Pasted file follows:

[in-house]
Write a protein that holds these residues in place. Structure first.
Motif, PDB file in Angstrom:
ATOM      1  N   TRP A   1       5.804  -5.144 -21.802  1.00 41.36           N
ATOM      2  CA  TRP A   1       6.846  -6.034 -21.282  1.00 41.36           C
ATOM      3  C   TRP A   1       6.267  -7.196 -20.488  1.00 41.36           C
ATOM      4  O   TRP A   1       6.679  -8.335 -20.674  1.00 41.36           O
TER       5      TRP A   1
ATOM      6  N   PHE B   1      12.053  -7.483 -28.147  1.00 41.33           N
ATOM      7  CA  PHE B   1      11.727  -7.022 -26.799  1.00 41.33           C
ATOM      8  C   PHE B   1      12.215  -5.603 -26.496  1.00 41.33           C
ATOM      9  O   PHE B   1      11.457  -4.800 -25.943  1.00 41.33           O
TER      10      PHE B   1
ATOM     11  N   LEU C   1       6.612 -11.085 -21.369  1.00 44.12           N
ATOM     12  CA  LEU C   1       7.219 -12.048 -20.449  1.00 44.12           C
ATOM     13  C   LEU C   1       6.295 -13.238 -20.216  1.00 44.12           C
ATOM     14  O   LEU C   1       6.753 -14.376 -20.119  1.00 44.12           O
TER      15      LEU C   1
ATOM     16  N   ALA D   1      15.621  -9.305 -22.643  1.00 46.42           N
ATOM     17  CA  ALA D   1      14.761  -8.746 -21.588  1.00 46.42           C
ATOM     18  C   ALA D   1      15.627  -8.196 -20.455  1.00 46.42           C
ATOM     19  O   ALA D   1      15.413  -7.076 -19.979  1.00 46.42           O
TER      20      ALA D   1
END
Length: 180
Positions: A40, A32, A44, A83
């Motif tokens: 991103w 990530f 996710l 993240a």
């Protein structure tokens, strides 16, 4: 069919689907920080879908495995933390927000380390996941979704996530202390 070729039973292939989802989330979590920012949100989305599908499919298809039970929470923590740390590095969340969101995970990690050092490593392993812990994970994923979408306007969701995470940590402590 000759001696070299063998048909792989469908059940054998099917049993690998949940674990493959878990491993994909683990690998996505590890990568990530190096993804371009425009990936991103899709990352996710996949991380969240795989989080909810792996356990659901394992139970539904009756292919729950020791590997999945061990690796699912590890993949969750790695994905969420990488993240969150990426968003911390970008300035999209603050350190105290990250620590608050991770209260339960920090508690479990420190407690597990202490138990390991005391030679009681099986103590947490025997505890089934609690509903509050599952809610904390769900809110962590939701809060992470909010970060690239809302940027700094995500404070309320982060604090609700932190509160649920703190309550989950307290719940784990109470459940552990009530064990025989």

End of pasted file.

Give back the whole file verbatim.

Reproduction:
[in-house]
Write a protein that holds these residues in place. Structure first.
Motif, PDB file in Angstrom:
ATOM      1  N   TRP A   1       5.804  -5.144 -21.802  1.00 41.36           N
ATOM      2  CA  TRP A   1       6.846  -6.034 -21.282  1.00 41.36           C
ATOM      3  C   TRP A   1       6.267  -7.196 -20.488  1.00 41.36           C
ATOM      4  O   TRP A   1       6.679  -8.335 -20.674  1.00 41.36           O
TER       5      TRP A   1
ATOM      6  N   PHE B   1      12.053  -7.483 -28.147  1.00 41.33           N
ATOM      7  CA  PHE B   1      11.727  -7.022 -26.799  1.00 41.33           C
ATOM      8  C   PHE B   1      12.215  -5.603 -26.496  1.00 41.33           C
ATOM      9  O   PHE B   1      11.457  -4.800 -25.943  1.00 41.33           O
TER      10      PHE B   1
ATOM     11  N   LEU C   1       6.612 -11.085 -21.369  1.00 44.12           N
ATOM     12  CA  LEU C   1       7.219 -12.048 -20.449  1.00 44.12           C
ATOM     13  C   LEU C   1       6.295 -13.238 -20.216  1.00 44.12           C
ATOM     14  O   LEU C   1       6.753 -14.376 -20.119  1.00 44.12           O
TER      15      LEU C   1
ATOM     16  N   ALA D   1      15.621  -9.305 -22.643  1.00 46.42           N
ATOM     17  CA  ALA D   1      14.761  -8.746 -21.588  1.00 46.42           C
ATOM     18  C   ALA D   1      15.627  -8.196 -20.455  1.00 46.42           C
ATOM     19  O   ALA D   1      15.413  -7.076 -19.979  1.00 46.42           O
TER      20      ALA D   1
END
Length: 180
Positions: A40, A32, A44, A83
């Motif tokens: 991103w 990530f 996710l 993240a």
């Protein structure tokens, strides 16, 4: 069919689907920080879908495995933390927000380390996941979704996530202390 070729039973292939989802989330979590920012949100989305599908499919298809039970929470923590740390590095969340969101995970990690050092490593392993812990994970994923979408306007969701995470940590402590 000759001696070299063998048909792989469908059940054998099917049993690998949940674990493959878990491993994909683990690998996505590890990568990530190096993804371009425009990936991103899709990352996710996949991380969240795989989080909810792996356990659901394992139970539904009756292919729950020791590997999945061990690796699912590890993949969750790695994905969420990488993240969150990426968003911390970008300035999209603050350190105290990250620590608050991770209260339960920090508690479990420190407690597990202490138990390991005391030679009681099986103590947490025997505890089934609690509903509050599952809610904390769900809110962590939701809060992470909010970060690239809302940027700094995500404070309320982060604090609700932190509160649920703190309550989950307290719940784990109470459940552990009530064990025989």